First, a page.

Reason 3. They Don’t Think Their Products Warrant Them

    This is a very disturbing reason salespeople sometimes don’t ask for referrals. If this is the case, you must either learn more about your product or service — enough that you come to fully understand how much it serves your customers and how much it adds to their lives, and thus to the lives of all those to whom they refer you — or find another product or service to represent. If you don’t believe enough in what you do that you feel it’s worthy of helping everyone in the world own it who should own it, then you can’t expect to be very successful.

     

    Reason 4. They Don’t Know How

    Ah, this is the final reason, and, according to Burg, the easiest one to address. Often salespeople don’t ask for referrals simply because they haven’t been taught how to do it properly — in other words, how to do it in a way that they’ll get them. If you don’t know how to do something right, they figure, why bother? There are plenty of books, such as Burg’s, and courses out there to help them learn how.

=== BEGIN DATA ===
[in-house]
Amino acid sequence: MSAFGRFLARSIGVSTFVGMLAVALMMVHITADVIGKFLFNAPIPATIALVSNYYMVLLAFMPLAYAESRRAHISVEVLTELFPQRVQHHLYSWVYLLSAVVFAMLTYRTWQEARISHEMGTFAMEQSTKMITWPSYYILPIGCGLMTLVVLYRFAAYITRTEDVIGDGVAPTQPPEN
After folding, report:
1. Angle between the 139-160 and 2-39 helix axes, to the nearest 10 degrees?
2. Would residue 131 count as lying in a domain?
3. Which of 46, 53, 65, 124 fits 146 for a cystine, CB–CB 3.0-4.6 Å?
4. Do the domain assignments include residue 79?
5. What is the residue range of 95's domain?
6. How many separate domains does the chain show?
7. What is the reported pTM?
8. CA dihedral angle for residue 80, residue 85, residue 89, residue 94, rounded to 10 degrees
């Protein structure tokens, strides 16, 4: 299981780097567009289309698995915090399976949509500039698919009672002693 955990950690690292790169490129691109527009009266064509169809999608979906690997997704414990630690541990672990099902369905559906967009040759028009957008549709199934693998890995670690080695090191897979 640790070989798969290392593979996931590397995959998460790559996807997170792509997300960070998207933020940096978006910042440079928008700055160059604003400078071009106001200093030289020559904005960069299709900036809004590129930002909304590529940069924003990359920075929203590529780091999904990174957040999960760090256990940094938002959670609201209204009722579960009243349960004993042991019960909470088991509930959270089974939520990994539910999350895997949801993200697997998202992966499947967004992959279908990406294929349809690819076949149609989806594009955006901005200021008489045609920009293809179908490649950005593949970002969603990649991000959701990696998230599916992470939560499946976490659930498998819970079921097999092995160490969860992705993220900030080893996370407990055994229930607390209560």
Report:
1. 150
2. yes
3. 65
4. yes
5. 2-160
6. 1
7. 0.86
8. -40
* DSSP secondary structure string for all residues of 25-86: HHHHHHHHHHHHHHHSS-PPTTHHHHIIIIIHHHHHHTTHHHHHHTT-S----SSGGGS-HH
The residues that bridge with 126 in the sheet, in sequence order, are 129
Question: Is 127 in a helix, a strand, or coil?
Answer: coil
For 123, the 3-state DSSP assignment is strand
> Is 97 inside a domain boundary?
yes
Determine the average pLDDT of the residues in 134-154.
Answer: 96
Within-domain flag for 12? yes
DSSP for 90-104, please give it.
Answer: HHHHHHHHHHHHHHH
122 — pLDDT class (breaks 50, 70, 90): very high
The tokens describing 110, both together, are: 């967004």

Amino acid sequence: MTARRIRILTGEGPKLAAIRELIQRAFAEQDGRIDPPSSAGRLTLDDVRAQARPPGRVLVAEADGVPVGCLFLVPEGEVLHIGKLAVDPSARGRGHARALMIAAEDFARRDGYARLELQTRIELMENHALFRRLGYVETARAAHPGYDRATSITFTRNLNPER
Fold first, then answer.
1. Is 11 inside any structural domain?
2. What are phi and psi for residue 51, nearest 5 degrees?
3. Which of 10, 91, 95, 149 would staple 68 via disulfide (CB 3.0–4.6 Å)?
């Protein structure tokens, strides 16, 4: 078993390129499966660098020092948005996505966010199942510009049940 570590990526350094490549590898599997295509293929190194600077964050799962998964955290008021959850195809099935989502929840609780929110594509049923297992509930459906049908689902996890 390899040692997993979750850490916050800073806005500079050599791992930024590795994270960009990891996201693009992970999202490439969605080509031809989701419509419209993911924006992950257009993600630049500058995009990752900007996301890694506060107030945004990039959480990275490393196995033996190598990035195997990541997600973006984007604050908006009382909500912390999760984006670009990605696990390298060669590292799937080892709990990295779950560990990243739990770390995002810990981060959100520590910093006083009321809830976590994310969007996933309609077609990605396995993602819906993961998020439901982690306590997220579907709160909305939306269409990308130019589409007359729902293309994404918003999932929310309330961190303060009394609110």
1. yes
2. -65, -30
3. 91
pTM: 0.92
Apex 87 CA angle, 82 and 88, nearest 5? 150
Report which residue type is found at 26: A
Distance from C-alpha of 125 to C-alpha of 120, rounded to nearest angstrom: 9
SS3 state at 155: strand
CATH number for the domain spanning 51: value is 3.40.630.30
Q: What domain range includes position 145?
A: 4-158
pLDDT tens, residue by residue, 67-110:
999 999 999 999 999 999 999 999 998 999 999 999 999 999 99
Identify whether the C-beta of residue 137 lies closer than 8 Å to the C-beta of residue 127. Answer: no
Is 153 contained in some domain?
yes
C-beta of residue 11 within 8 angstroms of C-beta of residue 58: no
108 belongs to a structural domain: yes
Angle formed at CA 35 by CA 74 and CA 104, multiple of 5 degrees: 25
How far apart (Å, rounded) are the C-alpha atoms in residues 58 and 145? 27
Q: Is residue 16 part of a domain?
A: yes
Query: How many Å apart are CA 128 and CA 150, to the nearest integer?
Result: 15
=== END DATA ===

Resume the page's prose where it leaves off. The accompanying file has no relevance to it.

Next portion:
Now we don’t all have salesperson in our titles, but there’s no doubt it falls upon us to sell ourselves, our products and services, and our companies. So, if you’re not asking for referrals on a consistent basis, what reason is your excuse?